"We went around to the TV industry and they said there was no place in TV for cartoons—new ones, at least.
"We couldn't believe it. They were still playing back stuff from the movies which was at least 20 years old. Fortunately we were able to come up with some new characters which made the old stuff look even older."
● ● ●
In Hollywood Hanna and Barbera were running the biggest animated cartoon studio in the world.
"Huckleberry Hound," the most successful TV character, had an Emmy award as the season's "Best Children's Show."
"Quick Draw McGraw" and "Ruff and Reddy" were also prospering.
In addition, Hanna and Barbera were hard at work on the first animated cartoon series aimed at an adult audience, "The Flintstones," which will run in an 8:30 p.m. Friday time slot on ABC next fall.
"We owe it all to 'Huckleberry,'" said Barberra [sic]. "'Huck' somehow picked up an adult audience as well as the children. The Yale Alumni magazine chose it as a favorite show. The Navy named a Pacific Island after it. Somebody suggested an adult cartoon. That's how 'The Flintstones' came into being.'"
● ● ●
Tentative fall schedules of the three networks promise nothing strikingly "new" in TV fare. "The Flintstones," at least, looms as something remarkably "different."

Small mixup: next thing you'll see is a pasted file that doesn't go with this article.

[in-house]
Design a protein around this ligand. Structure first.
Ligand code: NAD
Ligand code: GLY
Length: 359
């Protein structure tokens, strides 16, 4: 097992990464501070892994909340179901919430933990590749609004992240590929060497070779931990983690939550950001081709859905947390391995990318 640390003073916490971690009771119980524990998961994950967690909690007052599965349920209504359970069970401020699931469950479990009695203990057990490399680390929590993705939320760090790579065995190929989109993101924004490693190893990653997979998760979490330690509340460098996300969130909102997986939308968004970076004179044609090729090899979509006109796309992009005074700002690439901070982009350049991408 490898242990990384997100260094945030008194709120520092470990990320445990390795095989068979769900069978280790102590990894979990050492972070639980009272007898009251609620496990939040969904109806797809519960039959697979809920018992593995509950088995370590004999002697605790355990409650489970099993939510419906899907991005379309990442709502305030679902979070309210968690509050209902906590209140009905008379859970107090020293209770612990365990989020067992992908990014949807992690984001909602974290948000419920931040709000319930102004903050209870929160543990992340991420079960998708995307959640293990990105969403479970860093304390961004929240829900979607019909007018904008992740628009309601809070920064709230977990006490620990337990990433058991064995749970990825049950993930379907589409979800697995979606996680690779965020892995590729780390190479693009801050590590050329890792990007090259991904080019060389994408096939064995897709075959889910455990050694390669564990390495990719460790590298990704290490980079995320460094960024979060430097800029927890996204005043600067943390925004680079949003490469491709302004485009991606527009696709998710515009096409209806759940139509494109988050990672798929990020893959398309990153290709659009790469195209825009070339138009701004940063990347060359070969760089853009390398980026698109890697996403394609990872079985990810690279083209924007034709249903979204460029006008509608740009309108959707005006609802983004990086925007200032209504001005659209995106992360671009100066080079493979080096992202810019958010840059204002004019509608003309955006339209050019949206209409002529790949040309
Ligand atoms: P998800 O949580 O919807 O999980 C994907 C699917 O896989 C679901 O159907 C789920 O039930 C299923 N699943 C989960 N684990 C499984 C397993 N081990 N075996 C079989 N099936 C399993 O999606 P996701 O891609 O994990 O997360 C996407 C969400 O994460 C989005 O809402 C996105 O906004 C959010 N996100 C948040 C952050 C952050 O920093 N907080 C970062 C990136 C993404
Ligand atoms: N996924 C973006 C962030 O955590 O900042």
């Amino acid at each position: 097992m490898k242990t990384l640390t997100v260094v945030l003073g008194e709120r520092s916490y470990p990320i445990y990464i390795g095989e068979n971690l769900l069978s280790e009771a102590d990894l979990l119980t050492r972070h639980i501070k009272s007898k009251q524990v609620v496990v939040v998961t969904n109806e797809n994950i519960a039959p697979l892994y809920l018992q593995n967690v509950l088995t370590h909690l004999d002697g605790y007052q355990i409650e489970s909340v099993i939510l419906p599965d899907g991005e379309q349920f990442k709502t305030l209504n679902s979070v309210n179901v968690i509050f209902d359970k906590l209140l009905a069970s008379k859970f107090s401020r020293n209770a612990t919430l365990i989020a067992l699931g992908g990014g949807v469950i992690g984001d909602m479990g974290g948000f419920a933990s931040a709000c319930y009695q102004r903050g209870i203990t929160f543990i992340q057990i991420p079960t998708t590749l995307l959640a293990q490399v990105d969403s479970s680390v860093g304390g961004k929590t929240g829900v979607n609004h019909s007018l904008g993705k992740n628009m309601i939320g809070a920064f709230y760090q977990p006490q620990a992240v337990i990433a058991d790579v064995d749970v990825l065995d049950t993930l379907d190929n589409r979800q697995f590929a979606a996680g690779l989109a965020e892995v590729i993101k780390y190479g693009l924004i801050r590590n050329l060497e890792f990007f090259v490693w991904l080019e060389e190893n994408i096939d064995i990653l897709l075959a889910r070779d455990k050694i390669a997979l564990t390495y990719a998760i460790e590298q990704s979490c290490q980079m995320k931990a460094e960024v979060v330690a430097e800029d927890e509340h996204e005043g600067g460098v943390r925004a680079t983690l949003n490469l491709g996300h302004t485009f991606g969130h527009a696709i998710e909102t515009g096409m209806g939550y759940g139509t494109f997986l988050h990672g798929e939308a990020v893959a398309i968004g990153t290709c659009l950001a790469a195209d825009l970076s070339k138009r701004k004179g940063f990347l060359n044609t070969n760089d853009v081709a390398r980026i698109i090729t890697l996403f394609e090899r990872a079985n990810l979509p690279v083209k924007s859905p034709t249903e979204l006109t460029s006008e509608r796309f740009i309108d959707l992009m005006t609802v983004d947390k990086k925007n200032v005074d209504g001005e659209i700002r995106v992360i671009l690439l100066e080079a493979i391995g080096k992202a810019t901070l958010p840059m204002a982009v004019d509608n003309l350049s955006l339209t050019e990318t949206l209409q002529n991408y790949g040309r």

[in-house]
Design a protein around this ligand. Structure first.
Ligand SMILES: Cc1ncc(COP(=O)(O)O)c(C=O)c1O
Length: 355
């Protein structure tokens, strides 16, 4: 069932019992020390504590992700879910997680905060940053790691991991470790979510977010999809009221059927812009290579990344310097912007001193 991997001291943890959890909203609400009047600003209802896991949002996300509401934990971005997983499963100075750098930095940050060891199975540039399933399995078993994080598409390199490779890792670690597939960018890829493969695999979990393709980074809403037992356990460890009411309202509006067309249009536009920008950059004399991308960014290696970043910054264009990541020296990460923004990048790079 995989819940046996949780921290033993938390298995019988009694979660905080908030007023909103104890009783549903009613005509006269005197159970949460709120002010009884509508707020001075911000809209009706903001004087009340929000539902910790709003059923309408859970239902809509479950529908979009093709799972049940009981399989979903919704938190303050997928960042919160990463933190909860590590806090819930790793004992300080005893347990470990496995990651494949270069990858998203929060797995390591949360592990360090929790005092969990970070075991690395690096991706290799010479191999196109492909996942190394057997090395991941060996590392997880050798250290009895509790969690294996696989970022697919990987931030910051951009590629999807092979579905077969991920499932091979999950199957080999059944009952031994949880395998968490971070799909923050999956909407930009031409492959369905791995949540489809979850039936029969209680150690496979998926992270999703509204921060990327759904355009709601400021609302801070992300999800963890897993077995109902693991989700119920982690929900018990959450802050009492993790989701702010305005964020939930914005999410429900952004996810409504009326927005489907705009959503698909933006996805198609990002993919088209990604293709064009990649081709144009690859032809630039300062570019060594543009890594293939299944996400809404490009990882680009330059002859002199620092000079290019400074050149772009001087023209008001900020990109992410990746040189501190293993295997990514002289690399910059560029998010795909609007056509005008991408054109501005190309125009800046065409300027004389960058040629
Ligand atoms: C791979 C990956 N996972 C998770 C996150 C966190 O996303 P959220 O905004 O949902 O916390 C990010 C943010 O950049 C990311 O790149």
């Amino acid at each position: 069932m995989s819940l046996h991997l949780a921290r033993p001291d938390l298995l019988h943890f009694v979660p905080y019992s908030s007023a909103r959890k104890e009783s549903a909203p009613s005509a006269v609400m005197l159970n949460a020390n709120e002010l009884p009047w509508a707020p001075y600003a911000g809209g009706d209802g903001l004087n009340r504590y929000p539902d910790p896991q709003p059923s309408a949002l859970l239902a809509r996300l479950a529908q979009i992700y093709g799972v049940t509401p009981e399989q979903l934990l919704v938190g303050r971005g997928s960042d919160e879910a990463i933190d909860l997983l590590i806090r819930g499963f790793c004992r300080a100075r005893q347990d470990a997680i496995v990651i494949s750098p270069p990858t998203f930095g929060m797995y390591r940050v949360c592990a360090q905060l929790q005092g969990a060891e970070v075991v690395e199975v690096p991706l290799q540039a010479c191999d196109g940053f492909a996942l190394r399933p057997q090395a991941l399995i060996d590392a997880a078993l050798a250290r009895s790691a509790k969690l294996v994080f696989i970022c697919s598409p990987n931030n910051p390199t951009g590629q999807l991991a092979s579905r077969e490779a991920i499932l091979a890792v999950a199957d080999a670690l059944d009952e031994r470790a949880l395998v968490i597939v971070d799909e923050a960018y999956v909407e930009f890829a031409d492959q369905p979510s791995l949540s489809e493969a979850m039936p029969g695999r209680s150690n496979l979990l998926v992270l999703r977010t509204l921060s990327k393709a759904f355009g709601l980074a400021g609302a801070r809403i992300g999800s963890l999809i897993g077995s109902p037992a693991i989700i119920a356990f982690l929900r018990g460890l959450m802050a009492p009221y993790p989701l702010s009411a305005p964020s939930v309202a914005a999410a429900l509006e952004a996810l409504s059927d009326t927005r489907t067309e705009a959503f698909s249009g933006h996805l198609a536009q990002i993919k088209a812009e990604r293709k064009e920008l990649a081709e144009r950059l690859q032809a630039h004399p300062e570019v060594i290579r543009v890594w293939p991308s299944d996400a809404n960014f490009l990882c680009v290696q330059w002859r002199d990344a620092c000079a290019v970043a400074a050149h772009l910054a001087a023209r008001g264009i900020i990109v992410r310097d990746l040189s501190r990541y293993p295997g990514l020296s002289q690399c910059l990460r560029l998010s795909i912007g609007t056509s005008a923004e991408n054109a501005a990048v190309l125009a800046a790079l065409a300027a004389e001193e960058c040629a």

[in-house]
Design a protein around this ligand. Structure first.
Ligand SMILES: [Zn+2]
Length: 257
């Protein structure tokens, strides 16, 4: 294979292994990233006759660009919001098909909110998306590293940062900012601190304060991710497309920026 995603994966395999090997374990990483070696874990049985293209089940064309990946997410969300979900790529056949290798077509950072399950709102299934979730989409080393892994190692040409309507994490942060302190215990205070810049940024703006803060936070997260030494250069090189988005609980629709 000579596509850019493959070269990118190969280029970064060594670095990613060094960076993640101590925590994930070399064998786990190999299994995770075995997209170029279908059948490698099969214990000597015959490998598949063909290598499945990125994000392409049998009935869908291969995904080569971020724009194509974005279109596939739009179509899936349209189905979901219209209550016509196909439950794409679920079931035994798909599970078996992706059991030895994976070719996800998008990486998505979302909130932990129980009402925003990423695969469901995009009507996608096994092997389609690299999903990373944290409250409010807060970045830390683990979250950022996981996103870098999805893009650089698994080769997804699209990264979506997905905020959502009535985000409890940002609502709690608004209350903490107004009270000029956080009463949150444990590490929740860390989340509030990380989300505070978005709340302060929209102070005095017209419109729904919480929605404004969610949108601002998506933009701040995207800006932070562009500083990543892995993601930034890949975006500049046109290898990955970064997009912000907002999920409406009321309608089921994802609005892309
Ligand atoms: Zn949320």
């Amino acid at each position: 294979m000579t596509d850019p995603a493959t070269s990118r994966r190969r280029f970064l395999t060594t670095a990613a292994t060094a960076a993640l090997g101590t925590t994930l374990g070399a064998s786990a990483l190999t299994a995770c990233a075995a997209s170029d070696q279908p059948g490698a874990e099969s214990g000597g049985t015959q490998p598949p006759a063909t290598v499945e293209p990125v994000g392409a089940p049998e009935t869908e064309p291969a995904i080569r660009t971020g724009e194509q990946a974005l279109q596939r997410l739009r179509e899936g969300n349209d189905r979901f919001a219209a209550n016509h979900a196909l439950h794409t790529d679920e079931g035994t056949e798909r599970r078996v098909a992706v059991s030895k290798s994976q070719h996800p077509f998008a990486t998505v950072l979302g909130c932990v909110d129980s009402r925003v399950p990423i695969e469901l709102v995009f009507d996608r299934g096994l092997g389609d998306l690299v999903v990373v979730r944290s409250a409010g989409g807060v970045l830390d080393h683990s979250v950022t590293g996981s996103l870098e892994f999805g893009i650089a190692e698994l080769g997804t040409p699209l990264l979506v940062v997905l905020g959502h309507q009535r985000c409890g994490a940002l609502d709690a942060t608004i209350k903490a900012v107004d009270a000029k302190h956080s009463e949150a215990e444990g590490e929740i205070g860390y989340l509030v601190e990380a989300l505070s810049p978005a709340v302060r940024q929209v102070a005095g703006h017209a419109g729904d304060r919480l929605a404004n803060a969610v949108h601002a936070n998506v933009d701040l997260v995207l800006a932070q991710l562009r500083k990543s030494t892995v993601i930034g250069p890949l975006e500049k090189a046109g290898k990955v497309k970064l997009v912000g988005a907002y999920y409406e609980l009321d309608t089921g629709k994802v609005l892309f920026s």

"The Flintstones" are a Stone Age family that runs into the same social pressures as those confronting contemporary split-level society.
"It's something of a satire on our modern society," said Barbera.
They wear "skins," of course. The ladies' skins are "beaded."
"At first, we had them in modern dress," said Barbera, "but they looked too much like TV commercials."
A TV antenna juts up from the roof of the family's adobe hut. Fred carries a flip-top lighter which, when it opens, consists of two crossed twigs. He belongs to the YCMA (Young Cavemen's Assn.). He works for the "Rockbed and Quarry Cave Construction Co." as the operator of a "dinosaur" (which works like a construction crane).
Fred's car has rock wheels and "fins." The family also has a convertible (with thatched roof). The family breakfasts on "dodo eggs." They share a "swimming pool" with their neighbors, "The Rubbles." In the first episode, Fred holds a "cook out" in the backyard.
"We're getting a wonderful opportunity in this for satire," said Barbera. "Up to now, we've always done animals. We never considered the great possibilities of portraying humans. "There'll be a little bit of everybody in it."
The "voices" are being recorded by such veterans as Bea Benadaret (of the George and Gracie series), Mel Blanc, Maxie Rosenbloom.
● ● ●
It would seem that Hanna and Barbera took those MGM walking papers and walked off with the TV cartoon market.
"Since we sold The Flintstones,'" said Barbera, "about 30 pilot projects for animated cartoons have been put on the market. The imitators are growing every week.